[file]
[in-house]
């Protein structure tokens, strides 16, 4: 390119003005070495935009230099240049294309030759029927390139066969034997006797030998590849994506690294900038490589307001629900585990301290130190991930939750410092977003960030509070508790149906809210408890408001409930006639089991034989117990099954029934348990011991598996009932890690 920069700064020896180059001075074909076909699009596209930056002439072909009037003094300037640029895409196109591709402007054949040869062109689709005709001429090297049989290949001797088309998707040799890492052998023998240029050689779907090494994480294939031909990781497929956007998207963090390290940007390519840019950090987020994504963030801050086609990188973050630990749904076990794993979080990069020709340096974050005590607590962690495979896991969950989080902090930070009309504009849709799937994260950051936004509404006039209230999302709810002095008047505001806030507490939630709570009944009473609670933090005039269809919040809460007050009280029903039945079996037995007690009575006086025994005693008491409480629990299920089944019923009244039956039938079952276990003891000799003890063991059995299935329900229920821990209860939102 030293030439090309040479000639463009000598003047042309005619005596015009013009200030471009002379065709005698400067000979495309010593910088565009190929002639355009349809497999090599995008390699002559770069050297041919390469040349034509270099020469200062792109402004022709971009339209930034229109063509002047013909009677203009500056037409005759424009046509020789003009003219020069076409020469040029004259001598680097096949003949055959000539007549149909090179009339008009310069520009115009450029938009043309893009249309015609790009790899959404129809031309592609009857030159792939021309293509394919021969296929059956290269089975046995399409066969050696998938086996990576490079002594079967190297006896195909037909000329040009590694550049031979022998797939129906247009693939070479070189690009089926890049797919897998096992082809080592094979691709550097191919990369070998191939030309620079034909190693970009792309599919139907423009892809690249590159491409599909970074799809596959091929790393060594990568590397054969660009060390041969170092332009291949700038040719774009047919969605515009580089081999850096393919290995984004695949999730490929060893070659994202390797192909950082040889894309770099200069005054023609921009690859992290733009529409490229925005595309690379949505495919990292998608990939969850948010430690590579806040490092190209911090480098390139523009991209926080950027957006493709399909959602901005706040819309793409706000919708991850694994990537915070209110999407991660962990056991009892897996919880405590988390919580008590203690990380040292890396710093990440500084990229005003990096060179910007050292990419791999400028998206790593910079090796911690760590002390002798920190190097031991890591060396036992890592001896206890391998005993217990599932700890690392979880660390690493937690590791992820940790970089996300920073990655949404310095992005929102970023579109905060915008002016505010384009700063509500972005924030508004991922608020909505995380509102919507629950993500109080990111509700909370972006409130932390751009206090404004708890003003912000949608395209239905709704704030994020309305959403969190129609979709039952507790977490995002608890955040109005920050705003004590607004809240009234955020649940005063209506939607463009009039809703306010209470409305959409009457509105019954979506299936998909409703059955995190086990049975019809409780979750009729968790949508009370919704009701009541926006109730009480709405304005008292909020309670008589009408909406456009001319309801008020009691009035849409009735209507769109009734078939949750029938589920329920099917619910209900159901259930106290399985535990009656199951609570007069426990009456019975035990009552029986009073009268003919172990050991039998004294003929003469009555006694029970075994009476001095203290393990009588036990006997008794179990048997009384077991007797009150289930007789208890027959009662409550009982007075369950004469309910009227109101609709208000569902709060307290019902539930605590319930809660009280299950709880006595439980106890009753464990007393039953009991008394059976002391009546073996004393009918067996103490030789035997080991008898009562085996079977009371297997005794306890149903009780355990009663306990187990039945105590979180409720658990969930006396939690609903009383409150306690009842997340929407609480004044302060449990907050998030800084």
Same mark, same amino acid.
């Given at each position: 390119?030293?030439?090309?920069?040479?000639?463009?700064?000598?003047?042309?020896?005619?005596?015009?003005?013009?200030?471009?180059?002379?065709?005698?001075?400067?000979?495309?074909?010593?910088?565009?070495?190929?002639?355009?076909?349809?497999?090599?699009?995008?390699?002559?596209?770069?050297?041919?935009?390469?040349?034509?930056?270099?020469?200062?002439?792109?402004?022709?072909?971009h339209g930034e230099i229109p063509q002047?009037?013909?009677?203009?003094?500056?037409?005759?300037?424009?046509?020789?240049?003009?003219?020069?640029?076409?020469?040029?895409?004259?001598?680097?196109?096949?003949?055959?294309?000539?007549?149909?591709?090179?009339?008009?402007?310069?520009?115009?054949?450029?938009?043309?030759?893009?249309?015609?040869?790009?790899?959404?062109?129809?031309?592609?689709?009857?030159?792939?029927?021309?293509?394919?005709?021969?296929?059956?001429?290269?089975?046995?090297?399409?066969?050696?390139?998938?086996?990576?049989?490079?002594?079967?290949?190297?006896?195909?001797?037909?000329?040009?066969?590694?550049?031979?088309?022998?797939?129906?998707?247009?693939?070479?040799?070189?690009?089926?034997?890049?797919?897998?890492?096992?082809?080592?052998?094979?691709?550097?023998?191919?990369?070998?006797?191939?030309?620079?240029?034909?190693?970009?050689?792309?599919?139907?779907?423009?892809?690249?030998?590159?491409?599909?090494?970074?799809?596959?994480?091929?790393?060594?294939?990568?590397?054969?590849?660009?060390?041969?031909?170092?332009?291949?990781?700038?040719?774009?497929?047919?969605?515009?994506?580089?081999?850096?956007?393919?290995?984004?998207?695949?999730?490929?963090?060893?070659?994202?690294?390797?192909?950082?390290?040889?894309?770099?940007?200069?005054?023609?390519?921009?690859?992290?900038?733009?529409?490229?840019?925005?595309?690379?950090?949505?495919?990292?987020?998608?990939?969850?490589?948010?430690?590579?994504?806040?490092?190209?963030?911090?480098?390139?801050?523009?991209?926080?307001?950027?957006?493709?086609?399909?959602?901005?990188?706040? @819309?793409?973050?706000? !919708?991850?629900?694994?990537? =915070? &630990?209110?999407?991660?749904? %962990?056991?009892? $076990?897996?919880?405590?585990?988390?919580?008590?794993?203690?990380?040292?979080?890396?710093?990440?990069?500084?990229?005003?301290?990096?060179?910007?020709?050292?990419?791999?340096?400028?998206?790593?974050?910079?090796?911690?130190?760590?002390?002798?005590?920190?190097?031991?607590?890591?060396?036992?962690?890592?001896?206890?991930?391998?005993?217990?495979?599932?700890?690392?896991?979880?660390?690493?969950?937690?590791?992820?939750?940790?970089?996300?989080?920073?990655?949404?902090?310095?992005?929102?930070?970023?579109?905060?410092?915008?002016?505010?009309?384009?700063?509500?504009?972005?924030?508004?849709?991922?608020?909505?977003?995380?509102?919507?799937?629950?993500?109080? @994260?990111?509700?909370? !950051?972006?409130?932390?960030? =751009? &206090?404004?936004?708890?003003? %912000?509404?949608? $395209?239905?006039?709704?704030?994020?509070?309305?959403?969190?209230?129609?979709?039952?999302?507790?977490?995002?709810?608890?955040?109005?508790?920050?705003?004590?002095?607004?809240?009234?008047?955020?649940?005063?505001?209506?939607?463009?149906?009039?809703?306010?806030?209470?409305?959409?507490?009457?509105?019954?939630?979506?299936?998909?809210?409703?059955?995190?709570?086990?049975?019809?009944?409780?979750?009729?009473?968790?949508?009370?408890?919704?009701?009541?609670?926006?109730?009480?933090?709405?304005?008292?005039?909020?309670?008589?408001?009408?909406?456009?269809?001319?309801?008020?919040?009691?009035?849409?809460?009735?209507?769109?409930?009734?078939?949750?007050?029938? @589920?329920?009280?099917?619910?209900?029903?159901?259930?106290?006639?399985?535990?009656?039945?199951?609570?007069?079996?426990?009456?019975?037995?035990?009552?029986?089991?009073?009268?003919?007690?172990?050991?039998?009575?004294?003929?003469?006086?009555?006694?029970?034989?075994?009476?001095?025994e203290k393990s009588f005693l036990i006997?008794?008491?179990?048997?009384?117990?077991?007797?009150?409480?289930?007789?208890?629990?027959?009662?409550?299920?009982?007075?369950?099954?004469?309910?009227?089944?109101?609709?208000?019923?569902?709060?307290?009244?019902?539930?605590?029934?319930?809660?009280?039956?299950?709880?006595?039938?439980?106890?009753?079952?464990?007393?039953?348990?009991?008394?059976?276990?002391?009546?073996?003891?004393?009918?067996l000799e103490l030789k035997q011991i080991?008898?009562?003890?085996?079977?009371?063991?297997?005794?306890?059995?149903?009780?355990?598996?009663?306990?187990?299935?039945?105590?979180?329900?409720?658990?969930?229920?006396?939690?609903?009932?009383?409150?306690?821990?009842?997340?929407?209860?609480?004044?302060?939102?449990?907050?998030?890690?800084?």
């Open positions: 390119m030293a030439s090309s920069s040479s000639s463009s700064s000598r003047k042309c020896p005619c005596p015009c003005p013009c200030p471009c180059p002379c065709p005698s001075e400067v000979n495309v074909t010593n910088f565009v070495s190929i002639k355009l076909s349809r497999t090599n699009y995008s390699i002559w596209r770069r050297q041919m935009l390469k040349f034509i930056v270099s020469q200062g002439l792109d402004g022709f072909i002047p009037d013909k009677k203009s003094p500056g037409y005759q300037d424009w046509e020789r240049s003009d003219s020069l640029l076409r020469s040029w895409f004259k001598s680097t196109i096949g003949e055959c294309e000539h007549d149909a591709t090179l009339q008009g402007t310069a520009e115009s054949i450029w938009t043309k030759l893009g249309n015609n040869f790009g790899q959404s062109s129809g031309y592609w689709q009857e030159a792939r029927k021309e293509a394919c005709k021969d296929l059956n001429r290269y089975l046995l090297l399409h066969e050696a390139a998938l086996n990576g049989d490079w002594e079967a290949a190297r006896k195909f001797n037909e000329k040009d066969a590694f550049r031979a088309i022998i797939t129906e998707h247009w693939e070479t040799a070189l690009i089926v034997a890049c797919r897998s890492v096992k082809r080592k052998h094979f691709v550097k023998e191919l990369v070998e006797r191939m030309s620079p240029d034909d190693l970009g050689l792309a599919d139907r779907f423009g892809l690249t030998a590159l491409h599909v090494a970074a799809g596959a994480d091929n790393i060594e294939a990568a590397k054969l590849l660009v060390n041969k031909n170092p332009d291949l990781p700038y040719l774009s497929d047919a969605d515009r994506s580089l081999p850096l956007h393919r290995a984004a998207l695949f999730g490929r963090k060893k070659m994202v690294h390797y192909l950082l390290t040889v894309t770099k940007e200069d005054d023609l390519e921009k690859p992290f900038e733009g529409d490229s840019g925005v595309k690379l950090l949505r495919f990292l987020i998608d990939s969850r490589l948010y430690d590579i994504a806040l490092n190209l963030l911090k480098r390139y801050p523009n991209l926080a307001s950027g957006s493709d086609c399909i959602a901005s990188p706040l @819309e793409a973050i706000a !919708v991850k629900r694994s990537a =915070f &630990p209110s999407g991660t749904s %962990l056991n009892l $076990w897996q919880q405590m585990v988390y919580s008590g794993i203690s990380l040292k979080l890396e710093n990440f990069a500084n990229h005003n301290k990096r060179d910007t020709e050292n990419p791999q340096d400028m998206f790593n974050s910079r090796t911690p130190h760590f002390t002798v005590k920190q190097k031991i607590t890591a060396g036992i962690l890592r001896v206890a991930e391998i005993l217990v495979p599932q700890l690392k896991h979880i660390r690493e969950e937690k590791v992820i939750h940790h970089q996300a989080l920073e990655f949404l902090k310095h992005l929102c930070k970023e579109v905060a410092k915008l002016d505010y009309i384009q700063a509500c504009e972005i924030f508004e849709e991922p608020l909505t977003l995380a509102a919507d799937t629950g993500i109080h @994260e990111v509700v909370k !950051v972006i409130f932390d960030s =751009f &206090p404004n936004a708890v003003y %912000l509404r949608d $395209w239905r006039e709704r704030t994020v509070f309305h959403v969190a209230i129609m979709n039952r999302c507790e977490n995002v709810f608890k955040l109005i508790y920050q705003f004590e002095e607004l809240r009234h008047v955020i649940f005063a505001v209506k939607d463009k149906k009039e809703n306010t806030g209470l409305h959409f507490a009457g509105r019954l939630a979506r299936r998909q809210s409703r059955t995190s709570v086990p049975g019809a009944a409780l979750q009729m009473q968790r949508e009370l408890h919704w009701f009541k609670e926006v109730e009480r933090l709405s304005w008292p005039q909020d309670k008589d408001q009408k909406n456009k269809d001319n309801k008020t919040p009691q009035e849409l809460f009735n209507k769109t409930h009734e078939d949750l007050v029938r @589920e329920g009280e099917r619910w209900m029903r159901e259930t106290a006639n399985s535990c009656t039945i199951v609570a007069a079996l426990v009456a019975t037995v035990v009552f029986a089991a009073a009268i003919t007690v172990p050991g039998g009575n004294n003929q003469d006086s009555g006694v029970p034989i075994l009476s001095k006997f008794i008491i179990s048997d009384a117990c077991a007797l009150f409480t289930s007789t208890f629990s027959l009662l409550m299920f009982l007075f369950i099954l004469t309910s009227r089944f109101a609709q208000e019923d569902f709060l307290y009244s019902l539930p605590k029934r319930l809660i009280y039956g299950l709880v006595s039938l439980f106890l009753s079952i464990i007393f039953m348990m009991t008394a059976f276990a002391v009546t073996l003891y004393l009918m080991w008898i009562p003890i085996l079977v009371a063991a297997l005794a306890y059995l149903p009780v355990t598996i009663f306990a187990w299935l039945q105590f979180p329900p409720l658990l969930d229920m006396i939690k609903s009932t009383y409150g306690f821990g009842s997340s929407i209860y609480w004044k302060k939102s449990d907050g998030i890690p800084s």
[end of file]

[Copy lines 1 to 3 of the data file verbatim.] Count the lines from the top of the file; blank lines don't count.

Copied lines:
[in-house]
């Protein structure tokens, strides 16, 4: 390119003005070495935009230099240049294309030759029927390139066969034997006797030998590849994506690294900038490589307001629900585990301290130190991930939750410092977003960030509070508790149906809210408890408001409930006639089991034989117990099954029934348990011991598996009932890690 920069700064020896180059001075074909076909699009596209930056002439072909009037003094300037640029895409196109591709402007054949040869062109689709005709001429090297049989290949001797088309998707040799890492052998023998240029050689779907090494994480294939031909990781497929956007998207963090390290940007390519840019950090987020994504963030801050086609990188973050630990749904076990794993979080990069020709340096974050005590607590962690495979896991969950989080902090930070009309504009849709799937994260950051936004509404006039209230999302709810002095008047505001806030507490939630709570009944009473609670933090005039269809919040809460007050009280029903039945079996037995007690009575006086025994005693008491409480629990299920089944019923009244039956039938079952276990003891000799003890063991059995299935329900229920821990209860939102 030293030439090309040479000639463009000598003047042309005619005596015009013009200030471009002379065709005698400067000979495309010593910088565009190929002639355009349809497999090599995008390699002559770069050297041919390469040349034509270099020469200062792109402004022709971009339209930034229109063509002047013909009677203009500056037409005759424009046509020789003009003219020069076409020469040029004259001598680097096949003949055959000539007549149909090179009339008009310069520009115009450029938009043309893009249309015609790009790899959404129809031309592609009857030159792939021309293509394919021969296929059956290269089975046995399409066969050696998938086996990576490079002594079967190297006896195909037909000329040009590694550049031979022998797939129906247009693939070479070189690009089926890049797919897998096992082809080592094979691709550097191919990369070998191939030309620079034909190693970009792309599919139907423009892809690249590159491409599909970074799809596959091929790393060594990568590397054969660009060390041969170092332009291949700038040719774009047919969605515009580089081999850096393919290995984004695949999730490929060893070659994202390797192909950082040889894309770099200069005054023609921009690859992290733009529409490229925005595309690379949505495919990292998608990939969850948010430690590579806040490092190209911090480098390139523009991209926080950027957006493709399909959602901005706040819309793409706000919708991850694994990537915070209110999407991660962990056991009892897996919880405590988390919580008590203690990380040292890396710093990440500084990229005003990096060179910007050292990419791999400028998206790593910079090796911690760590002390002798920190190097031991890591060396036992890592001896206890391998005993217990599932700890690392979880660390690493937690590791992820940790970089996300920073990655949404310095992005929102970023579109905060915008002016505010384009700063509500972005924030508004991922608020909505995380509102919507629950993500109080990111509700909370972006409130932390751009206090404004708890003003912000949608395209239905709704704030994020309305959403969190129609979709039952507790977490995002608890955040109005920050705003004590607004809240009234955020649940005063209506939607463009009039809703306010209470409305959409009457509105019954979506299936998909409703059955995190086990049975019809409780979750009729968790949508009370919704009701009541926006109730009480709405304005008292909020309670008589009408909406456009001319309801008020009691009035849409009735209507769109009734078939949750029938589920329920099917619910209900159901259930106290399985535990009656199951609570007069426990009456019975035990009552029986009073009268003919172990050991039998004294003929003469009555006694029970075994009476001095203290393990009588036990006997008794179990048997009384077991007797009150289930007789208890027959009662409550009982007075369950004469309910009227109101609709208000569902709060307290019902539930605590319930809660009280299950709880006595439980106890009753464990007393039953009991008394059976002391009546073996004393009918067996103490030789035997080991008898009562085996079977009371297997005794306890149903009780355990009663306990187990039945105590979180409720658990969930006396939690609903009383409150306690009842997340929407609480004044302060449990907050998030800084």
Same mark, same amino acid.